Adjust your flippers. Pull your mask over your eyes. And jump off the jetty into the turquoise water. You spot parrotfish and needlefish immediately. A barracuda swims by on your right. Big lobsters crawl along the top of the sand. That might be an eel ahead. Pretty good sightings for your first twenty seconds of snorkeling.
Known as a diver’s paradise, the natural wonders of Dutch Bonaire are easily accessible. No need to swim until exhausted or spend hours on a boat to find colorful reefs and strange-looking sea creatures. On a clear day–and most days are a constant 81 degrees and clear–you can see shadows moving in the water from your balcony at Bellafonte Chateau de la Mer when you wake up in the morning. Then it only takes a few minutes to grab your gear and jump in the water. Maybe stopping to brush your teeth first. An iguana on the deck turns his head as if to see what the hurry is.
The most popular diving and snorkeling site–actually a collection of sites–in Bonaire is just offshore. Take a water taxi to the uninhabited islet of Klein Bonaire. There are no facilities on the island, only the ruins of slave shelters. But you’ll find a perfect white-sand beach, a pristine coral reef, and maybe nesting turtles. What else do you need, really? Check out the giant orange elephant ear sponges and lavender stove-pipe sponges at Ebo’s Reef. Swim among elkhorn coral and staghorn coral, as well as large groupers at Sharon’s Serenity. And try to spot a green moray eel hiding in the boulders of the Rock Pile.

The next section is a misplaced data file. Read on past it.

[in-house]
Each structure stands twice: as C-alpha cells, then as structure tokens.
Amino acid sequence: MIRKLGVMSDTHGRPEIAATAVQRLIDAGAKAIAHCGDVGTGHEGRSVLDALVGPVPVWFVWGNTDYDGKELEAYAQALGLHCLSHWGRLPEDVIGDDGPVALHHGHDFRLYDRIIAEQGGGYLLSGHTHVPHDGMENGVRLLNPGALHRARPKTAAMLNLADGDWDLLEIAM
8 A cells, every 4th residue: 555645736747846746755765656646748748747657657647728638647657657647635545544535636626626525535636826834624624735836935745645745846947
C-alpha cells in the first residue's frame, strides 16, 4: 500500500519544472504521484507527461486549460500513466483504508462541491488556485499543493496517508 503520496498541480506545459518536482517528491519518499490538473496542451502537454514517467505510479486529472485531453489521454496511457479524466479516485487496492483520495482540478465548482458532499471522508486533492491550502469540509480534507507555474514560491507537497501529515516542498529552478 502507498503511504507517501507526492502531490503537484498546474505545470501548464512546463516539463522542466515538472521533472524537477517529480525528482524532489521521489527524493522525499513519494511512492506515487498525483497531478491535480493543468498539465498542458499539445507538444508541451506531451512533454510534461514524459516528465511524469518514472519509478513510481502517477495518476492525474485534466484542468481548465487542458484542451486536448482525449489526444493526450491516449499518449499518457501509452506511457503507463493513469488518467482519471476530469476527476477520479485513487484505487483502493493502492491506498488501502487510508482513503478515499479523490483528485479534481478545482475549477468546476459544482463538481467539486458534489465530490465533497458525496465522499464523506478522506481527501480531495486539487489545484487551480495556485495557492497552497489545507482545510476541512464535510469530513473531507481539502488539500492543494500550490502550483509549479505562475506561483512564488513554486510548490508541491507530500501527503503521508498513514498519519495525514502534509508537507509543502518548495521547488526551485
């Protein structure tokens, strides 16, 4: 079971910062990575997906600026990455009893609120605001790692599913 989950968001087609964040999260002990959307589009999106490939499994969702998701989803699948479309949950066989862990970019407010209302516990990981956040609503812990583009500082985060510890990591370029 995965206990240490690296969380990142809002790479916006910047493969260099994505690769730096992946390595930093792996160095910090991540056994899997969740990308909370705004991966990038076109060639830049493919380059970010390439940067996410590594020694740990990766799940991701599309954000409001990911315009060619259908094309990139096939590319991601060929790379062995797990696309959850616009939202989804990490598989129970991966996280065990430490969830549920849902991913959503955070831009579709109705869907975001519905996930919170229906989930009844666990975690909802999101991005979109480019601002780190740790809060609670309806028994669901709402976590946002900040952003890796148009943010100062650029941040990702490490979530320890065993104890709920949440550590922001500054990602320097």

Since you skipped breakfast, your stomach starts growling early. Head to Atlantis Beach on the south shore for a burger and an ice-cold beer at the Cactus Blue hut. The chef will fill you in on must-see snorkel sites along the quieter, windier north shore. Hang out on the beach until you digest your burger and find the nerve to take a kite boarding class. It’s easy, right? Everyone in the water seems to be able to keep their kite up. At least for a few minutes.
Pass the Flamingo Sanctuary and the salt flats as you head back toward Kralendijk. In the small capital, you’ll find Fort Oranje, a World War II monument, and Wilhelmina Park. Plus a lot of dive guides. Kaya Grandi, the main street, has souvenir shops that attract the passengers of docking cruise ships. Grab an outdoor table at It Rains Fishes for a ceviche sampler and gambas with coconut curry sauce. And watch the sun set from the deck of Karel’s Beach Bar.
Over a Karel’s Special and merengue music, you compare fish and coral sightings with fellow divers. Now you know exactly where to head in the morning. You’ll share the location . . . after your dive.